The optically bright quasar PG1211+143 in a nearby, luminous narrow line Seyfert 1 galaxy ( ; Rines et al., 2003; Marziani et al., 1996) is one of the AGNs with potentially mildly relativistic UFOs (Pounds & Page, 2006; Fukumura et al., 2015; Pounds et al., 2003; Pounds et al., 2016a). Over a decade ago, Pounds et al. (2003) reported absorption lines of H- and He-like ions of C, N, O, Ne, Mg, S and Fe with an outflow velocity of ,000 kms ( ).1Moreover, Reeves et al. (2005) reported the detection of redshifted H-like or He-like iron absorption lines with velocities in the range of -, which could be evidence for pure gravitational redshift by the supermassive black hole (SMBH). The presence of UFOs in PG1211+143 was challenged by Kaspi & Behar (2006); however, they were again confirmed by later works (Pounds & Reeves, 2009; Tombesi et al., 2011; Pounds & Reeves, 2007; Tombesi et al., 2010; Pounds & Page, 2006). More recently, a second high-velocity component with ( ) was detected, in addition to a confirmation of a previously identified higher velocity component of ( ) (Pounds et al., 2016a; Pounds et al., 2016b; Pounds, 2014). Hubble Space Telescope (HST ) UV observations of PG1211+143 taken with the Space Telescope Imaging Spectrograph (STIS ) had also revealed the presence of four strong absorbers at observed redshifts of to (implied outflow velocities of 15650 to 18400 ; Tilton et al., 2012; Tumlinson et al., 2005; Danforth & Shull, 2008; Penton et al., 2004). These authors postulated that these could be attributed to the intergalactic medium (IGM) or outflows from unseen satellite galaxies (see §6).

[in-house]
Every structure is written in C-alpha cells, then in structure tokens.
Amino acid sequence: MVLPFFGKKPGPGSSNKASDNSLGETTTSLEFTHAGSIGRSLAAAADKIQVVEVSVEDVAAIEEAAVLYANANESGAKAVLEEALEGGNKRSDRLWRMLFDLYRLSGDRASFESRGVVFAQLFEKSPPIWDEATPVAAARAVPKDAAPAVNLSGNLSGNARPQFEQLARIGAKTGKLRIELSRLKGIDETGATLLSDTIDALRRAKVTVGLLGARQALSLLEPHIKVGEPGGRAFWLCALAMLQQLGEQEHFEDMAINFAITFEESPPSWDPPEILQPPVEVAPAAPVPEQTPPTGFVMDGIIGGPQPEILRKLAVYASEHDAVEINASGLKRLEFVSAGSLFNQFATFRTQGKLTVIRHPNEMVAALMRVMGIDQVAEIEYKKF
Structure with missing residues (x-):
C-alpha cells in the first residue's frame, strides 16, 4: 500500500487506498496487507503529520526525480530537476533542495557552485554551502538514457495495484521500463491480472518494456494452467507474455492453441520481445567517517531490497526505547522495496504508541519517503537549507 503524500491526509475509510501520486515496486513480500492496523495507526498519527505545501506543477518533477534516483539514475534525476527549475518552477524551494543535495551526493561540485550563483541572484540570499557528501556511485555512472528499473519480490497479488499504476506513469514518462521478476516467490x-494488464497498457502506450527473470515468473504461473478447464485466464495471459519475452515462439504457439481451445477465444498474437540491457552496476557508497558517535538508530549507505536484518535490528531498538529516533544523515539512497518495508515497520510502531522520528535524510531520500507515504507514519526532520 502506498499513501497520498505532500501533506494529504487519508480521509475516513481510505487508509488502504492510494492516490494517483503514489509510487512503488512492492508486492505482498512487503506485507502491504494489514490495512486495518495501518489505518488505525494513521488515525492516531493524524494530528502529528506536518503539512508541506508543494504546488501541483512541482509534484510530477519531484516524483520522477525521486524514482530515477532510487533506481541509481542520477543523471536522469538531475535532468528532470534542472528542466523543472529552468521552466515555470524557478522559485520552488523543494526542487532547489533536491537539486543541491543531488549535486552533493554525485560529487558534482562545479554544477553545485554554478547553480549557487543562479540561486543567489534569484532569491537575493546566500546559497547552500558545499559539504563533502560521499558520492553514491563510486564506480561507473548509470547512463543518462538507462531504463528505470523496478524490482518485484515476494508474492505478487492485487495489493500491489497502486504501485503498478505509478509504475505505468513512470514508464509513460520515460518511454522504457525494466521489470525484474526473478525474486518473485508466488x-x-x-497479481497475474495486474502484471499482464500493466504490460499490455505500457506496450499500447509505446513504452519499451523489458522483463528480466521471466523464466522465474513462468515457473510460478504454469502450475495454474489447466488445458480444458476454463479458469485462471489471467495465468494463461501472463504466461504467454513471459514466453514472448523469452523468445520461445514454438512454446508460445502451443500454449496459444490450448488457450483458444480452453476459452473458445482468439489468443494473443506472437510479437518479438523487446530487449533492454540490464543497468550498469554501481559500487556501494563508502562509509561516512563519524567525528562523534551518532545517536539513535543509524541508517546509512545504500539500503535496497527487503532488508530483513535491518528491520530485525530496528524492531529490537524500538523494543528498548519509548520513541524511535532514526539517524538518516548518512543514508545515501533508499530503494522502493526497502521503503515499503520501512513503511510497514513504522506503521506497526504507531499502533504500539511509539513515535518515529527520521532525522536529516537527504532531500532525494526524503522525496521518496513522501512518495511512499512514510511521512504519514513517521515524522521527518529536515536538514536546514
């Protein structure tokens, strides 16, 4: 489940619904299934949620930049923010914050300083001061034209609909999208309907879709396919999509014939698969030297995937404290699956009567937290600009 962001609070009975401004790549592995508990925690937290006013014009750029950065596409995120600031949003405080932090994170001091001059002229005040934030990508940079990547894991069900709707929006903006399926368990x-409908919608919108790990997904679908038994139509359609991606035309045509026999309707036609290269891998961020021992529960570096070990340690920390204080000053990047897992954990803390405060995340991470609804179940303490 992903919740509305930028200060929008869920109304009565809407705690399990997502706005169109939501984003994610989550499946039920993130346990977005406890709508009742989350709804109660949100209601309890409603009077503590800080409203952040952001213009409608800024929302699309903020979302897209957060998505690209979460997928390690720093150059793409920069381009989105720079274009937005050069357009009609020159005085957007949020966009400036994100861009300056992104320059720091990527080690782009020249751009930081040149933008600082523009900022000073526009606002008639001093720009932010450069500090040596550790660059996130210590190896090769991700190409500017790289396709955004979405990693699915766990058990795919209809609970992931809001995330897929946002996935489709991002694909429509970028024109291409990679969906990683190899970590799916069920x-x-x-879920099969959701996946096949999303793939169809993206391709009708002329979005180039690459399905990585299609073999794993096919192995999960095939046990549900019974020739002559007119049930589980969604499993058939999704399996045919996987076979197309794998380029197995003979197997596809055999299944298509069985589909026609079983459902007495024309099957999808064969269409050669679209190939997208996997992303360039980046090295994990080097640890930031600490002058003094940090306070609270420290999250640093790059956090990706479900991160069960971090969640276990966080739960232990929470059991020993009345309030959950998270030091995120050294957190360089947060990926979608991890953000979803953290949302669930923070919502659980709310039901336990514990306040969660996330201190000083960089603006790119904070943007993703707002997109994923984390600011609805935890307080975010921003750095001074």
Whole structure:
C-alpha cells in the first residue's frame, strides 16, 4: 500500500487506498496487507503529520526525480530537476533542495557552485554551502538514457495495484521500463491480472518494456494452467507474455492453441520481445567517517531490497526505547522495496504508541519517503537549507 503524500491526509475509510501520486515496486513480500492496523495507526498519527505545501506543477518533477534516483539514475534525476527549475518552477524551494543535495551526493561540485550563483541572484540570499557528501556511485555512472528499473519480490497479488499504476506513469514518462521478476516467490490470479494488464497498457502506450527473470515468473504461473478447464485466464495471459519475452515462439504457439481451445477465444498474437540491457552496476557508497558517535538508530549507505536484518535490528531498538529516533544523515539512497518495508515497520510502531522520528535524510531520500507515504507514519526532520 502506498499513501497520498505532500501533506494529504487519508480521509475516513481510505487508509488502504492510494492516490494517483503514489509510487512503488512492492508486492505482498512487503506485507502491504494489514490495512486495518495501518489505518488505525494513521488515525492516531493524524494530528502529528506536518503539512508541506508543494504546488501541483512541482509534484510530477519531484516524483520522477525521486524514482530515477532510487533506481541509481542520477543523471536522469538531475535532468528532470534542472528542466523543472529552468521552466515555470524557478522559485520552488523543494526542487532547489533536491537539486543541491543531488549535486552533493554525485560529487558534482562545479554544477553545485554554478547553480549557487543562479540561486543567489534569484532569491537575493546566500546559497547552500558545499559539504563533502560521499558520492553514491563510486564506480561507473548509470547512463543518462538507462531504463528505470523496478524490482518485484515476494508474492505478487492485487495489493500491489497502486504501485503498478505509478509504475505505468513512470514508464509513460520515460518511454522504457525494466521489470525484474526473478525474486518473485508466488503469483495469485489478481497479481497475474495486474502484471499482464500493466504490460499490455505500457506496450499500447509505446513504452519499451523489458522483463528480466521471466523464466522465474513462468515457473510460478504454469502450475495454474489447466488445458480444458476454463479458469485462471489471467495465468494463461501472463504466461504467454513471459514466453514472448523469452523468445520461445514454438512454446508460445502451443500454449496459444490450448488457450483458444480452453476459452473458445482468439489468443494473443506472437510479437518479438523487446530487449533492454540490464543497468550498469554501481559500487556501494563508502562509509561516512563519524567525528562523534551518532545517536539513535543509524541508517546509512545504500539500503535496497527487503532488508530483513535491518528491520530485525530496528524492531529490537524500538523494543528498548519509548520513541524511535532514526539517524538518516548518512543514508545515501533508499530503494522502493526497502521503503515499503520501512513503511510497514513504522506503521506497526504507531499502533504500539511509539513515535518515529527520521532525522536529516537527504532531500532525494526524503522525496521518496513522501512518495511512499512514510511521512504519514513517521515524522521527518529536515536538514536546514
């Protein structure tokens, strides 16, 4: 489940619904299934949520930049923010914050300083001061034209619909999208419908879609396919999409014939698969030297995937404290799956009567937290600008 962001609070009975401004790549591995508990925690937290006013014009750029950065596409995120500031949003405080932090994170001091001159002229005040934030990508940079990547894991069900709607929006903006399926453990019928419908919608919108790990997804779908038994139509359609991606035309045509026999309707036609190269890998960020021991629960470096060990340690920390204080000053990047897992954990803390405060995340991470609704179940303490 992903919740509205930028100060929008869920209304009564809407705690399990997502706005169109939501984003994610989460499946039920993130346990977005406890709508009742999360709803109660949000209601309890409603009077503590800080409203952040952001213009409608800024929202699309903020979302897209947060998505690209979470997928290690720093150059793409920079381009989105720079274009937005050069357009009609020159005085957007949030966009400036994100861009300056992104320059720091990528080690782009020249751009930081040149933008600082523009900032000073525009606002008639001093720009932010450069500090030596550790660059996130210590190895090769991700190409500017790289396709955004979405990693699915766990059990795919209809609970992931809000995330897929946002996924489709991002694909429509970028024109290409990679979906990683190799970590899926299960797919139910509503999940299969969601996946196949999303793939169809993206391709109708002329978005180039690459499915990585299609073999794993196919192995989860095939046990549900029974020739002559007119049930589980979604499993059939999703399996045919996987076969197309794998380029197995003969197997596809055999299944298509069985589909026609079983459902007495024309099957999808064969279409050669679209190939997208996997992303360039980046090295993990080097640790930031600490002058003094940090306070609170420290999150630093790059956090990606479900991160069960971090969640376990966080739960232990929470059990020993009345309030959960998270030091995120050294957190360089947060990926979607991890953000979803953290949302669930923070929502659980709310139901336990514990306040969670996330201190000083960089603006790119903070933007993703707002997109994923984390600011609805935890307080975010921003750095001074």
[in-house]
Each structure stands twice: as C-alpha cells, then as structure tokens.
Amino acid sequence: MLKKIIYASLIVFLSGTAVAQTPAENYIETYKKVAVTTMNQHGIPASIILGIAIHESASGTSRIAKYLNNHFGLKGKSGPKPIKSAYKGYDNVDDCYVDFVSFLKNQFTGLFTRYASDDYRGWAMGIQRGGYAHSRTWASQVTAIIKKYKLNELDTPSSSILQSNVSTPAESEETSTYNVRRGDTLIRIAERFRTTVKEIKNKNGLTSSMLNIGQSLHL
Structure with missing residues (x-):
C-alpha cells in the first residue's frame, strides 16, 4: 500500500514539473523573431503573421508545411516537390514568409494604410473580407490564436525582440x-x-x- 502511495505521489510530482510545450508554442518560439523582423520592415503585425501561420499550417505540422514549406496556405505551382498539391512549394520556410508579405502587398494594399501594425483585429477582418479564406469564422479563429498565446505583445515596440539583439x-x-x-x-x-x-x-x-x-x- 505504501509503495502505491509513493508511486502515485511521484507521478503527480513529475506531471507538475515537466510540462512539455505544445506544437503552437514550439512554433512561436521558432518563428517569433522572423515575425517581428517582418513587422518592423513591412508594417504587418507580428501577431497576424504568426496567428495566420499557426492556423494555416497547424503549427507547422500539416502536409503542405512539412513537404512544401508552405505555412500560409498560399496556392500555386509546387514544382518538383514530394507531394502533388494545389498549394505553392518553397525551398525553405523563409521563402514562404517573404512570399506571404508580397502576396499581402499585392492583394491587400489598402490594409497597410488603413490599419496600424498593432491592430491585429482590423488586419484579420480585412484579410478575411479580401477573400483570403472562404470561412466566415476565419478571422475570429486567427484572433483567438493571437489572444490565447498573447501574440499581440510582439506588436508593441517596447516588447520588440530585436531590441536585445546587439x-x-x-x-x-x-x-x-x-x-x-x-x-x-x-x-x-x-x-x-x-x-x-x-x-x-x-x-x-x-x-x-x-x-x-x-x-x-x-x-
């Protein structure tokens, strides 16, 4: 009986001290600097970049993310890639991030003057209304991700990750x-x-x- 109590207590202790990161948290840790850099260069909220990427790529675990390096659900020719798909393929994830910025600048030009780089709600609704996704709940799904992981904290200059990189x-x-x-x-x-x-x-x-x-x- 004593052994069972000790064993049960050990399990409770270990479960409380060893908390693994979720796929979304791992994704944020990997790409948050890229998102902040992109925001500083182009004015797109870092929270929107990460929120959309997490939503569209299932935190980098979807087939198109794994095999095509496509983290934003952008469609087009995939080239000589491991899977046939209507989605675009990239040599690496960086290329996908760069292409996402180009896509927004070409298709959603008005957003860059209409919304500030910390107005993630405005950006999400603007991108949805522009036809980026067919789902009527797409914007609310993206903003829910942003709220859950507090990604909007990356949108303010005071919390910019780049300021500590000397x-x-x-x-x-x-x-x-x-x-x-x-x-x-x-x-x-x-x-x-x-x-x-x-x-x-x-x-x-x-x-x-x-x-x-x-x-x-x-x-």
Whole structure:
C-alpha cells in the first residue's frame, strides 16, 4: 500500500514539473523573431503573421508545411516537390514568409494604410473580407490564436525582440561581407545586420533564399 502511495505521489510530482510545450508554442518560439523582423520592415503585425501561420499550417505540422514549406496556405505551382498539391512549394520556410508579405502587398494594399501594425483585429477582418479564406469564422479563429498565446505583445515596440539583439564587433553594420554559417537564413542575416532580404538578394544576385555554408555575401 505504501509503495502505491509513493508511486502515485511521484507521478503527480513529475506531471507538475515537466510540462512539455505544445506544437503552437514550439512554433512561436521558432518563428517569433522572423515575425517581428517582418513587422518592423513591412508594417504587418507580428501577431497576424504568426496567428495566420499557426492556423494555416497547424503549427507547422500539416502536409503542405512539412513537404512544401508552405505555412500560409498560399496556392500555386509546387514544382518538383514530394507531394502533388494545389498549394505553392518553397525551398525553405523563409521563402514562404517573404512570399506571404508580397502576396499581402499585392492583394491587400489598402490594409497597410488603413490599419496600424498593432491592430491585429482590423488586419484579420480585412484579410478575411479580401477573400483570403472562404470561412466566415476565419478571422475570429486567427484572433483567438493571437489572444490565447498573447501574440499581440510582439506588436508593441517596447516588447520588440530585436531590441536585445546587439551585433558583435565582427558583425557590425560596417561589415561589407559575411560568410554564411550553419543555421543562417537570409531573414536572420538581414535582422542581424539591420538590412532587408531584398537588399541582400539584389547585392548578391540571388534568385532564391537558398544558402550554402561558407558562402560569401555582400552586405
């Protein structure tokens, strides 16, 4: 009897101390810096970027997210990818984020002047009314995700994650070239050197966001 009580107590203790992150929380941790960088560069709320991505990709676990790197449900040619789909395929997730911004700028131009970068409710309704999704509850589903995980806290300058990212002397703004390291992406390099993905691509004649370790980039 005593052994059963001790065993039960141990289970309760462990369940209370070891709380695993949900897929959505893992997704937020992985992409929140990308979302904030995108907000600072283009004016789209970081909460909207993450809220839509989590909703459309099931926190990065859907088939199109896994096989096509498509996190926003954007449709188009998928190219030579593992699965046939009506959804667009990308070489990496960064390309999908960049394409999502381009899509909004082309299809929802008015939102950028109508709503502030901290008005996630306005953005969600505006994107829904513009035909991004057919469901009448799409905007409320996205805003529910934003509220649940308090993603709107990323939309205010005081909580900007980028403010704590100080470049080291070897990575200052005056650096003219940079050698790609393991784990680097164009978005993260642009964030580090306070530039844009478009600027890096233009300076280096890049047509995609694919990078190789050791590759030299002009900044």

Many of these disparate results can be explained by the apparent highly variable nature of the UFO phenomenon. Long, intensive observations of AGN such as IRAS132243809 (Parker et al., 2017a; Parker et al., 2017b) and PDS456 (Matzeu et al., 2016) show UFO variability on timescales of 10,000 to 100,000 s. The character of the absorption also depends on the state of the illuminating X-ray source, with the outflowing gas often showing an ionization response (Parker et al., 2017b), or a correlation between ionization state, outflow velocity, and X-ray flux (Matzeu et al., 2017; Pinto et al., 2017). While these characteristics suggest radiative acceleration of the outflow (Matzeu et al., 2017), other authors offer a more complex vision of these observationally complex winds. Konigl & Kartje (1994) described a magnetohydrodynamical wind model as a possible explanation for the warm absorber winds observed in many AGN. Fukumura et al. (2010a) and Kazanas et al. (2012) adapted magnetohydrodynamical winds to high-velocity winds launched from the accretion disk, compatible with UFOs. These winds could have a complex structure, with velocity and ionization state dependent upon the observer's line of sight. In addition, once launched, such disk winds would be photoionized by the central X-ray source and subject to additional acceleration due to radiation pressure.